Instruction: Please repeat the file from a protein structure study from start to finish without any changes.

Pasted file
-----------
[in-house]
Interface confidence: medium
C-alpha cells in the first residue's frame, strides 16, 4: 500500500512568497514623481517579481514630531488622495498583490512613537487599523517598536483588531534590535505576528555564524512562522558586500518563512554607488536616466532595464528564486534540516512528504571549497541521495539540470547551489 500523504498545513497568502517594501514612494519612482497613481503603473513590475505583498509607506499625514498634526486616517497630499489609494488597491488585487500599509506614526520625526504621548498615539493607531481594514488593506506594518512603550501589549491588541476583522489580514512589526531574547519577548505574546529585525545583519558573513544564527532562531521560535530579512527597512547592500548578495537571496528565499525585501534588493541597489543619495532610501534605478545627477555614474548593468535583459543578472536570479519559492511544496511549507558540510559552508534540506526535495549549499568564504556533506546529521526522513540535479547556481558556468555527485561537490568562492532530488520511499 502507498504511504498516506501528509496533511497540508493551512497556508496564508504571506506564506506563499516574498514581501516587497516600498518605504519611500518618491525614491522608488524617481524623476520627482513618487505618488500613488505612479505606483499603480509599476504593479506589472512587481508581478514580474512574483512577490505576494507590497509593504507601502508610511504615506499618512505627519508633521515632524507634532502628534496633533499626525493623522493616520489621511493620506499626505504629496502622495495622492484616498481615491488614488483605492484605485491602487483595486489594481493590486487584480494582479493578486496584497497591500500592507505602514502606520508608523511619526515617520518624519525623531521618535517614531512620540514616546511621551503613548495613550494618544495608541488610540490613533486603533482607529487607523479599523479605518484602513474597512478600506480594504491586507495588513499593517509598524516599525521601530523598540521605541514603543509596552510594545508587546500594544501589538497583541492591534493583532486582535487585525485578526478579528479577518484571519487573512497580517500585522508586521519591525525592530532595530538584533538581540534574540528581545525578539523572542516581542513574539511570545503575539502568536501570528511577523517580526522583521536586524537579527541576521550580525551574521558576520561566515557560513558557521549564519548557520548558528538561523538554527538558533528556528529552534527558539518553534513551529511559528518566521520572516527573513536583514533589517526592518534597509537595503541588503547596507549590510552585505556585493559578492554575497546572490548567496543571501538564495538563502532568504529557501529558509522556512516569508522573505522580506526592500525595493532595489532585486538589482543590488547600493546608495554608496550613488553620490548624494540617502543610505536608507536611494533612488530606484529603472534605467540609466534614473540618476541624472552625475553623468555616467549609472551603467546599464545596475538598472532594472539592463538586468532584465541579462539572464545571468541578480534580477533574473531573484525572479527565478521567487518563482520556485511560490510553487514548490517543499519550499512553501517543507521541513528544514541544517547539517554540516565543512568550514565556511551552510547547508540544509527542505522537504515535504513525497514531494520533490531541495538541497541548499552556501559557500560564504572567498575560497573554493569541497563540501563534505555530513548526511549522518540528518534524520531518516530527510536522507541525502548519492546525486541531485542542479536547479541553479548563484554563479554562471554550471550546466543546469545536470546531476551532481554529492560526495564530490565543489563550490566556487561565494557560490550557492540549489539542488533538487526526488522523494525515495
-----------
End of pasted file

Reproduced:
[in-house]
Interface confidence: medium
C-alpha cells in the first residue's frame, strides 16, 4: 500500500512568497514623481517579481514630531488622495498583490512613537487599523517598536483588531534590535505576528555564524512562522558586500518563512554607488536616466532595464528564486534540516512528504571549497541521495539540470547551489 500523504498545513497568502517594501514612494519612482497613481503603473513590475505583498509607506499625514498634526486616517497630499489609494488597491488585487500599509506614526520625526504621548498615539493607531481594514488593506506594518512603550501589549491588541476583522489580514512589526531574547519577548505574546529585525545583519558573513544564527532562531521560535530579512527597512547592500548578495537571496528565499525585501534588493541597489543619495532610501534605478545627477555614474548593468535583459543578472536570479519559492511544496511549507558540510559552508534540506526535495549549499568564504556533506546529521526522513540535479547556481558556468555527485561537490568562492532530488520511499 502507498504511504498516506501528509496533511497540508493551512497556508496564508504571506506564506506563499516574498514581501516587497516600498518605504519611500518618491525614491522608488524617481524623476520627482513618487505618488500613488505612479505606483499603480509599476504593479506589472512587481508581478514580474512574483512577490505576494507590497509593504507601502508610511504615506499618512505627519508633521515632524507634532502628534496633533499626525493623522493616520489621511493620506499626505504629496502622495495622492484616498481615491488614488483605492484605485491602487483595486489594481493590486487584480494582479493578486496584497497591500500592507505602514502606520508608523511619526515617520518624519525623531521618535517614531512620540514616546511621551503613548495613550494618544495608541488610540490613533486603533482607529487607523479599523479605518484602513474597512478600506480594504491586507495588513499593517509598524516599525521601530523598540521605541514603543509596552510594545508587546500594544501589538497583541492591534493583532486582535487585525485578526478579528479577518484571519487573512497580517500585522508586521519591525525592530532595530538584533538581540534574540528581545525578539523572542516581542513574539511570545503575539502568536501570528511577523517580526522583521536586524537579527541576521550580525551574521558576520561566515557560513558557521549564519548557520548558528538561523538554527538558533528556528529552534527558539518553534513551529511559528518566521520572516527573513536583514533589517526592518534597509537595503541588503547596507549590510552585505556585493559578492554575497546572490548567496543571501538564495538563502532568504529557501529558509522556512516569508522573505522580506526592500525595493532595489532585486538589482543590488547600493546608495554608496550613488553620490548624494540617502543610505536608507536611494533612488530606484529603472534605467540609466534614473540618476541624472552625475553623468555616467549609472551603467546599464545596475538598472532594472539592463538586468532584465541579462539572464545571468541578480534580477533574473531573484525572479527565478521567487518563482520556485511560490510553487514548490517543499519550499512553501517543507521541513528544514541544517547539517554540516565543512568550514565556511551552510547547508540544509527542505522537504515535504513525497514531494520533490531541495538541497541548499552556501559557500560564504572567498575560497573554493569541497563540501563534505555530513548526511549522518540528518534524520531518516530527510536522507541525502548519492546525486541531485542542479536547479541553479548563484554563479554562471554550471550546466543546469545536470546531476551532481554529492560526495564530490565543489563550490566556487561565494557560490550557492540549489539542488533538487526526488522523494525515495